Black smoke rose over Kinshasa and angry young men waving red cards blocked roads as Democratic Republic of Congos leader, Joseph Kabila, clung to power Tuesday despite fears that more violence will follow.
The announcement just before midnight of the appointment of a new government -- but with President Kabila still in ultimate control -- triggered cries of "treason", "provocation" and "confrontation".
"What happened yesterday (Monday) was a rebellion," said Daniel, 63, referring to Kabila's decision not to step aside. "Even those without education know that after his second term, a president must leave office. They even know that in primary school!"
The 45-year-old leader, who has ruled since 2001, is constitutionally barred from seeking a third term but under a controversial recent constitutional court order, he may stay on until a successor is chosen.
Kinshasa ground almost to a halt Tuesday with people staying at home as groups of youths burnt tyres and built barricades on the streets.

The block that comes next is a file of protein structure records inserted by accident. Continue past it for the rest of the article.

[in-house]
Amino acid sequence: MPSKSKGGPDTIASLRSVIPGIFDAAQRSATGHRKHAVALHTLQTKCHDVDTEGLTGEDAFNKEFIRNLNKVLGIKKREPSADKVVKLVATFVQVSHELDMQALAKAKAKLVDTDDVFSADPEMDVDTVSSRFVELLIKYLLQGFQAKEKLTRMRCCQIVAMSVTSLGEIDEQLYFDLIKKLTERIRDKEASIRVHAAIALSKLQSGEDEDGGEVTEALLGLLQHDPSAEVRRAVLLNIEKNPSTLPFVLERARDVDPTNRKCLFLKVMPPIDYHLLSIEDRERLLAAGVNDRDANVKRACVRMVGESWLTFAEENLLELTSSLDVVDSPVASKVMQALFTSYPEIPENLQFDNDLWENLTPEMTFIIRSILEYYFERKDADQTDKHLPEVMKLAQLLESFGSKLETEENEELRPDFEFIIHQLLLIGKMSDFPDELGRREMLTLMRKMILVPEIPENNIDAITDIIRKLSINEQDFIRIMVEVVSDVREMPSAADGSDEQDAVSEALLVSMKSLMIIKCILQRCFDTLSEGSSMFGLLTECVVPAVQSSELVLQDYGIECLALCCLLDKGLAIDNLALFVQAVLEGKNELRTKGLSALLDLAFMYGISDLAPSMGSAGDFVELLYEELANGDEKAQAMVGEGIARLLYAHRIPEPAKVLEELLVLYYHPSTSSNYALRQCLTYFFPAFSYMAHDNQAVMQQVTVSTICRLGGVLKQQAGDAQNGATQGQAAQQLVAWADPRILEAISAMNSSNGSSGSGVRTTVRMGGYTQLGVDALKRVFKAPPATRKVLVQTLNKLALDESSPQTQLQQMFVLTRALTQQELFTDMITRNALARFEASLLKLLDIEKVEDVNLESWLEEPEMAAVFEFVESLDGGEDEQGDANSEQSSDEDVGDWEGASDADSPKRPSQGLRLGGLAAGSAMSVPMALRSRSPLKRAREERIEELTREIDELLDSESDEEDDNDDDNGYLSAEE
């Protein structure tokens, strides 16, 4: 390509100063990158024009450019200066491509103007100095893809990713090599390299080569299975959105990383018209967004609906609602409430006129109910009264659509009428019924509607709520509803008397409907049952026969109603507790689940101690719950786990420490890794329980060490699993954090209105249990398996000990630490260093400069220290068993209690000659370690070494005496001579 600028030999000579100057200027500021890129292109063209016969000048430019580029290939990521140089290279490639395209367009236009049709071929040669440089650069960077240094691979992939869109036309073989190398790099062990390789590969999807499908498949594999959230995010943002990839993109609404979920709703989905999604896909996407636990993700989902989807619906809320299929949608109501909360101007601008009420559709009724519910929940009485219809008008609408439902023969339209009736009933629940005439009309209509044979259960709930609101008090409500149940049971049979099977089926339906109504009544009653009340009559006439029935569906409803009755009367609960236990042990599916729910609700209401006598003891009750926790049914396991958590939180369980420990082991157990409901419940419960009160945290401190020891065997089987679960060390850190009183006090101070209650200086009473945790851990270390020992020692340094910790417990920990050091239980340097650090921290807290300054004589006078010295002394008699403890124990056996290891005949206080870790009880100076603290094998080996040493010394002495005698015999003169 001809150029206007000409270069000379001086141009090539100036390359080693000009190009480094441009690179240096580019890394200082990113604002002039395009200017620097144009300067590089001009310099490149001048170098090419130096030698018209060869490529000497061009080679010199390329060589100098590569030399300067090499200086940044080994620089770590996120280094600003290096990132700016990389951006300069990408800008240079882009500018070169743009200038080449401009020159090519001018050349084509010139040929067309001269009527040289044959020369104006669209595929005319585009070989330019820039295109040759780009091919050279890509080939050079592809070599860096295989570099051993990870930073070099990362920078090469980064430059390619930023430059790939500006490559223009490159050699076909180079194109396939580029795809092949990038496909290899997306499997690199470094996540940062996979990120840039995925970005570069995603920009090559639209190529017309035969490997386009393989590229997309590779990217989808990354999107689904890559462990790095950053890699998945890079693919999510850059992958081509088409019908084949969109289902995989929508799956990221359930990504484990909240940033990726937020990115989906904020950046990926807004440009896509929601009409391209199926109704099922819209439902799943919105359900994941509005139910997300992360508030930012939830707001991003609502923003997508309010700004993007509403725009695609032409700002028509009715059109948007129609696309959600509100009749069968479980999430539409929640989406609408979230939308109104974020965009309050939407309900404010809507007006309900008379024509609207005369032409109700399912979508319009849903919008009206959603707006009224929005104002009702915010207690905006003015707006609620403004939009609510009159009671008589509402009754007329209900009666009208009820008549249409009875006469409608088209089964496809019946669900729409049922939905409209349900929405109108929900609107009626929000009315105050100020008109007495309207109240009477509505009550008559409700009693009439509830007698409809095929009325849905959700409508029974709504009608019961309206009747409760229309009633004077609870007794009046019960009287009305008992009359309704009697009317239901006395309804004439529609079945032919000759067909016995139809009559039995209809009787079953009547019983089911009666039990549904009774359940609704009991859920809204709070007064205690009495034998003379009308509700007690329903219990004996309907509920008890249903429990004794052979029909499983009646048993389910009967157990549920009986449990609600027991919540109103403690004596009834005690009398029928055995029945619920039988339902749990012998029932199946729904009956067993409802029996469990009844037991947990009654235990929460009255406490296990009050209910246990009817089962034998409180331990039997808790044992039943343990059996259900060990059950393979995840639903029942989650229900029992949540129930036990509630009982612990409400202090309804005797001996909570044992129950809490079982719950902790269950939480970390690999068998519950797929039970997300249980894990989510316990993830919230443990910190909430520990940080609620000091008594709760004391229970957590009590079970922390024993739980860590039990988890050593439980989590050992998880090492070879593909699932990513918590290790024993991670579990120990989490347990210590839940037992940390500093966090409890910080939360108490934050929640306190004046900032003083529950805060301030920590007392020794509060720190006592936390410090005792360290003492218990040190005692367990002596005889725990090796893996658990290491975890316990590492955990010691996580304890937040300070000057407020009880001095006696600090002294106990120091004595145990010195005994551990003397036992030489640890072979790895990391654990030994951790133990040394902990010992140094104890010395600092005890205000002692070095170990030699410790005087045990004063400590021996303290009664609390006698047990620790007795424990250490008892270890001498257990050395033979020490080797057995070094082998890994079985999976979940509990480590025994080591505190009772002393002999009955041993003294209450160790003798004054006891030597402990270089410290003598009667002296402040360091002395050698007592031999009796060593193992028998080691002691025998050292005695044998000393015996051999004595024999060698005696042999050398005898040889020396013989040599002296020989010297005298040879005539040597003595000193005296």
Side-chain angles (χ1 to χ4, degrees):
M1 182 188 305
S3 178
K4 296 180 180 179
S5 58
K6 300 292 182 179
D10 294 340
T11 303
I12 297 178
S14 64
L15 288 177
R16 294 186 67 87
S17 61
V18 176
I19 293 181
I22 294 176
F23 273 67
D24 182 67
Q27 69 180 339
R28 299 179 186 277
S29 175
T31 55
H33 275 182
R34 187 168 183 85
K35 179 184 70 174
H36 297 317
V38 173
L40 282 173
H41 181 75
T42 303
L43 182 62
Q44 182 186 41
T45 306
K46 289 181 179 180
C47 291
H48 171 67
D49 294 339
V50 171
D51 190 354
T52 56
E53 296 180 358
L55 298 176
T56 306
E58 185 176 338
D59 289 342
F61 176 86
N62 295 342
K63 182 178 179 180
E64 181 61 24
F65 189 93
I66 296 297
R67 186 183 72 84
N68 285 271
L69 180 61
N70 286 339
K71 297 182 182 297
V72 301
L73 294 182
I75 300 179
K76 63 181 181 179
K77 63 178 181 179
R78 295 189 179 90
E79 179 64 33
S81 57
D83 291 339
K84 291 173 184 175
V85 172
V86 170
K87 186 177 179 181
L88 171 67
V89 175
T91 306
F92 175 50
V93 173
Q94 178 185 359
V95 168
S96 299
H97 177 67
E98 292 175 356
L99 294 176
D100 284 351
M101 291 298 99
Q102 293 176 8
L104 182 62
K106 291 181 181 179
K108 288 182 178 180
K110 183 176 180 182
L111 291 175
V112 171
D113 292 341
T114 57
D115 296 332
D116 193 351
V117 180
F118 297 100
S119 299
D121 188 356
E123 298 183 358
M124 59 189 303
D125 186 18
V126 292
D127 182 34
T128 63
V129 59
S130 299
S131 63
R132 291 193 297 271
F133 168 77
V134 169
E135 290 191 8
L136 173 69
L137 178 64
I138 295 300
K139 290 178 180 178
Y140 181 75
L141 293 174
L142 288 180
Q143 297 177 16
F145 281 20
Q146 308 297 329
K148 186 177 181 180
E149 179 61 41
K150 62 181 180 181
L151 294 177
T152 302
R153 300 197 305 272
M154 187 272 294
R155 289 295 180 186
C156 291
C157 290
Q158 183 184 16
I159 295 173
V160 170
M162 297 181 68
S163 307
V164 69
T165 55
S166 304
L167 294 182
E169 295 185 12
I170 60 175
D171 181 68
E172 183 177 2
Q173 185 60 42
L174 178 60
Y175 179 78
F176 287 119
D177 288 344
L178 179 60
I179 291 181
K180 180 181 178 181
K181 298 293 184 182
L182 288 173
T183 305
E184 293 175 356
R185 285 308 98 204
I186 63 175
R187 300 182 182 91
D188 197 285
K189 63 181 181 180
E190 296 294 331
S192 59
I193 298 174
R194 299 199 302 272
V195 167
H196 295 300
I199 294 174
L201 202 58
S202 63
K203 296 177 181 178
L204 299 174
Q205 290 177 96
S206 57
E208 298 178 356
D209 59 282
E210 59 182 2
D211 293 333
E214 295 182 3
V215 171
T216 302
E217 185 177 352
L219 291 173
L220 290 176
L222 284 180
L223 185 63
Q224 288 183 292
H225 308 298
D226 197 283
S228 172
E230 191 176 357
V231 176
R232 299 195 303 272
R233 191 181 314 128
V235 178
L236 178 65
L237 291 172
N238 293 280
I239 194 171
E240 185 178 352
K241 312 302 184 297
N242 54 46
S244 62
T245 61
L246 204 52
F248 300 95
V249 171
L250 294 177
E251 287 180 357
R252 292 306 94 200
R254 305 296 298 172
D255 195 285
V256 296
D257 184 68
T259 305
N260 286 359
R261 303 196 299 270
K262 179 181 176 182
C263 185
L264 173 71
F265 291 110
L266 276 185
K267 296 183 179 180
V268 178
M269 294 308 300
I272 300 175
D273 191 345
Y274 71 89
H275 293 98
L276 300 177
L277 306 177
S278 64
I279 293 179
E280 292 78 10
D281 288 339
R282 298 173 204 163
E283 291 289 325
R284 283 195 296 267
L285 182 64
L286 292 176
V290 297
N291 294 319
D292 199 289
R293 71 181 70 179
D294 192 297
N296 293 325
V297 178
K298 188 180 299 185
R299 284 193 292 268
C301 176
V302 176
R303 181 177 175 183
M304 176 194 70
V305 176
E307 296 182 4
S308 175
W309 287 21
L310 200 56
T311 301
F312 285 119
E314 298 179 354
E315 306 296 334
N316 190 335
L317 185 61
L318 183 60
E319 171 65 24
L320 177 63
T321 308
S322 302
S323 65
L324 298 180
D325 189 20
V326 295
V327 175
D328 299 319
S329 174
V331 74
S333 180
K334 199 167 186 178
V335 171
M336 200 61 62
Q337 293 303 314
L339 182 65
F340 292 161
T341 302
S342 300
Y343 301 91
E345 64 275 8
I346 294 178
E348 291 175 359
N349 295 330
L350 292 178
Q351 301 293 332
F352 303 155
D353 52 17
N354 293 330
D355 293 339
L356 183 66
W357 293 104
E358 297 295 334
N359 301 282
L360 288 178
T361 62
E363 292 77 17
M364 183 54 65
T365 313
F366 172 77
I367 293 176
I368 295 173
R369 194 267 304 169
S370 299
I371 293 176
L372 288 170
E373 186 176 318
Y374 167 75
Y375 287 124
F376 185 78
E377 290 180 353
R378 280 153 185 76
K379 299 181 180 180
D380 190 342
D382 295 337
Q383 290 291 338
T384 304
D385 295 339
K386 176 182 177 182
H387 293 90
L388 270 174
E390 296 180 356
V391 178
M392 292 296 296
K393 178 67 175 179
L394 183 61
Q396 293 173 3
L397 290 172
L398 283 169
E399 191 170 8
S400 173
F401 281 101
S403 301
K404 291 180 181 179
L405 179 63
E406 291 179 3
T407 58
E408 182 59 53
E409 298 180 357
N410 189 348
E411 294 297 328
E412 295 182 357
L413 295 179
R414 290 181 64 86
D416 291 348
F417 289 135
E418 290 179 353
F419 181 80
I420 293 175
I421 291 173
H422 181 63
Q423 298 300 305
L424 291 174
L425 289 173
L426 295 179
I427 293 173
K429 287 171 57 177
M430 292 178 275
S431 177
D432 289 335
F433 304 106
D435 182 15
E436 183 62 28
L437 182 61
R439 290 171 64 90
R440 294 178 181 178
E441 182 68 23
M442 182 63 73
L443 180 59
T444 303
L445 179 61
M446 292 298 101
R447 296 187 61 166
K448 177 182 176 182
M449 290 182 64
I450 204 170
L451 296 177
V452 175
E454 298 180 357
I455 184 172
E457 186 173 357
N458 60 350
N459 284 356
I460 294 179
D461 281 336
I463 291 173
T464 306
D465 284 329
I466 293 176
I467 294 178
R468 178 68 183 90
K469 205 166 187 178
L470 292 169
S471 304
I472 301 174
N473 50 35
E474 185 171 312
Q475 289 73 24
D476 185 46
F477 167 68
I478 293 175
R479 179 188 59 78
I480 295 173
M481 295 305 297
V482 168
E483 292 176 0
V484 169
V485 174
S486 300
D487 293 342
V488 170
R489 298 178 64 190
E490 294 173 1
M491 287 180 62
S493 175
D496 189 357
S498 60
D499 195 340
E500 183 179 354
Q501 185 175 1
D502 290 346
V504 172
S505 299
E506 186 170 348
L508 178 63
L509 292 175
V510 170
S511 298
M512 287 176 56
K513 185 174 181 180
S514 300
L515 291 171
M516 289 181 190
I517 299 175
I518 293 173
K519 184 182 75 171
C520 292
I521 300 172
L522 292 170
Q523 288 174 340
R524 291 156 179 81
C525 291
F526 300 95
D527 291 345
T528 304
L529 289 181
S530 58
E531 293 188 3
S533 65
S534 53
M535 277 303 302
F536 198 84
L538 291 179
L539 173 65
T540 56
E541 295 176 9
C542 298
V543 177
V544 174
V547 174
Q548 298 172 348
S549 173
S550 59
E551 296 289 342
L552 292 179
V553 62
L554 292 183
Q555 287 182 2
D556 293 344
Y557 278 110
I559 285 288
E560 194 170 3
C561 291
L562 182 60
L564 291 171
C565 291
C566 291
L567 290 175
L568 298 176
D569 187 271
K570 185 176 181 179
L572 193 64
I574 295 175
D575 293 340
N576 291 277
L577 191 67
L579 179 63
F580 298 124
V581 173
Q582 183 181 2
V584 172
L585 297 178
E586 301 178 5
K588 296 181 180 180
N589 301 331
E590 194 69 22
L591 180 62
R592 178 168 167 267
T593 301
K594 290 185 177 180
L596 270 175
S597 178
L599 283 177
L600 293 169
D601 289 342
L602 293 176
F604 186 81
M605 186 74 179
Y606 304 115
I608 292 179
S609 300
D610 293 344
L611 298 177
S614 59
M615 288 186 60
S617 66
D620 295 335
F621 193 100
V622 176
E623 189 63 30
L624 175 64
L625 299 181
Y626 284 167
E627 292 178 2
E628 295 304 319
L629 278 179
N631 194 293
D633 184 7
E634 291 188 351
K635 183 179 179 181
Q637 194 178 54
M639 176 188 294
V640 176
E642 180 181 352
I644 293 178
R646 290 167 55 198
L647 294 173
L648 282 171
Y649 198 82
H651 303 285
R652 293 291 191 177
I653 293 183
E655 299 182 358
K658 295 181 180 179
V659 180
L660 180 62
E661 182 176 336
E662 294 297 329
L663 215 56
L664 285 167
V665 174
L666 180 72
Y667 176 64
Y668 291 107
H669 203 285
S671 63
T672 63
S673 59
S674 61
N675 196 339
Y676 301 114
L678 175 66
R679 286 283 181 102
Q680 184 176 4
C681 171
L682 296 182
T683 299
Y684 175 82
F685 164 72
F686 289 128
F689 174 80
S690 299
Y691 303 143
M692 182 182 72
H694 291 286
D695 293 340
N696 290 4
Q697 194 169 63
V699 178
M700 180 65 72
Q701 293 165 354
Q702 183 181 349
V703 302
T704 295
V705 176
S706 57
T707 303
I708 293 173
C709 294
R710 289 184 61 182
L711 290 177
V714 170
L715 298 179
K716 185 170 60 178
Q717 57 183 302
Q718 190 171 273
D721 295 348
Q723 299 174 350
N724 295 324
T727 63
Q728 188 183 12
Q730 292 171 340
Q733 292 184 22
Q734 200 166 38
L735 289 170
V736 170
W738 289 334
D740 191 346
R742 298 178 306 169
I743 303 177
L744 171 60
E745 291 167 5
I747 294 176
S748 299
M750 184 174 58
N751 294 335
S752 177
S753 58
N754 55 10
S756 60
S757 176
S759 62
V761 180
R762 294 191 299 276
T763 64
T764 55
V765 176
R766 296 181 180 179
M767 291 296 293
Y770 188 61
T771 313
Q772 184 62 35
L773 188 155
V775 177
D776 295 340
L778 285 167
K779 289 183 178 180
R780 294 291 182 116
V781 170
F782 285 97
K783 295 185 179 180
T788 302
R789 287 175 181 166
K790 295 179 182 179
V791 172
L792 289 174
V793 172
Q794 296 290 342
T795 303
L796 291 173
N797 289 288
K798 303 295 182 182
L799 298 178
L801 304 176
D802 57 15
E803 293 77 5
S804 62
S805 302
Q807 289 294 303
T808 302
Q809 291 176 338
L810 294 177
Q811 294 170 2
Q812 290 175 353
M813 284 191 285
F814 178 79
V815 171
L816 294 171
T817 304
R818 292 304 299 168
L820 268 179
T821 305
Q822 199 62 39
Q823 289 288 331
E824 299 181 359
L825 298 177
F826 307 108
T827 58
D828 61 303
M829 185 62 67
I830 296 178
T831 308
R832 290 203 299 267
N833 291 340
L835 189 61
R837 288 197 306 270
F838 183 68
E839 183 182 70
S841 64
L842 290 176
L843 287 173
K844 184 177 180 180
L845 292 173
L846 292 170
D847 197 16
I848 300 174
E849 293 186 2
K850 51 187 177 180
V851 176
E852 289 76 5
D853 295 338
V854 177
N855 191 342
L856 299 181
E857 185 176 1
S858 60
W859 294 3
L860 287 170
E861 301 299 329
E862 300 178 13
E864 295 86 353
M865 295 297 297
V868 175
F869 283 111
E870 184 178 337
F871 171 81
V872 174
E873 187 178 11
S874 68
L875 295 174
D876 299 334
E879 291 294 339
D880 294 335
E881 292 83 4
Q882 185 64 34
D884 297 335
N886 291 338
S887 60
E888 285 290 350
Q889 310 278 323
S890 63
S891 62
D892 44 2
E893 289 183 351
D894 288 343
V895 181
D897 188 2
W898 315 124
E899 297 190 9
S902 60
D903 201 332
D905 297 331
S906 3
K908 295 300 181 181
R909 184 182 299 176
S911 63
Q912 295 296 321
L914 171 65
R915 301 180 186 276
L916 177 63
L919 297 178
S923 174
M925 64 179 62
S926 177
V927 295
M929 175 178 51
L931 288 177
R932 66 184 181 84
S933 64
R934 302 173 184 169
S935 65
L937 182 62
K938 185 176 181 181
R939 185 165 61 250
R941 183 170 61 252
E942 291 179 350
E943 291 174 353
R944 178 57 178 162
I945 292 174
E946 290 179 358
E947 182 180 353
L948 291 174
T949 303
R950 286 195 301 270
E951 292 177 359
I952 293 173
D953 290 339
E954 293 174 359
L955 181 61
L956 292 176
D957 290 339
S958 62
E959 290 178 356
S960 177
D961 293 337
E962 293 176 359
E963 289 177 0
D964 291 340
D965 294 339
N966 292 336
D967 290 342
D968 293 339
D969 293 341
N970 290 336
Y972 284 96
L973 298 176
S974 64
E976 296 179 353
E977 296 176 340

Dozens of troop carriers patrolled the megacity of 10 million people and police officers and paramilitaries were out in force in other cities as they have been since Sunday. A crash barrier on a road in the capital had been daubed with red paint reading: "Kabila leave".
"We had been waiting for the final declaration from CENCO," said Louis, a 60-year-old from Kinshasa's Singa Mupepe district, referring to the panel of bishops who had been negotiating a peaceful transfer toward new elections with the government and opposition factions.
'Why do we all dream of going to Europe?'
Large plumes of black smoke rose above Kinshasa's Yolo and Matete districts early Tuesday, with scorch marks visible on the streets where protesters had burnt tyres.
So serious is the crisis rocking Congo that some have even suggested that the Belgian colonisation of the country was preferable to the current situation.
"When the Flemish were here, they would even come to get us if we didn't go to school. Now if you owe ten dollars (to the school) they will chase you even if you're successful (academically)," said Therese, 75, speaking on her doorstep wearing a blue dress as she waved a hand fan.
"(Young people) suffer a lot. What future have they given them? It's graduates who go on to be motorcycle taxi and rickshaw drivers. I want to cry."
Two-thirds of DRC's 70 million people are under the age of 25.
"Why do we all dream of going to Europe and settling there? Because here, we don't have a chance to survive," said Fabrice, another of Kinshasa's increasingly angry residents who warned that people would only take so much before they began to resist.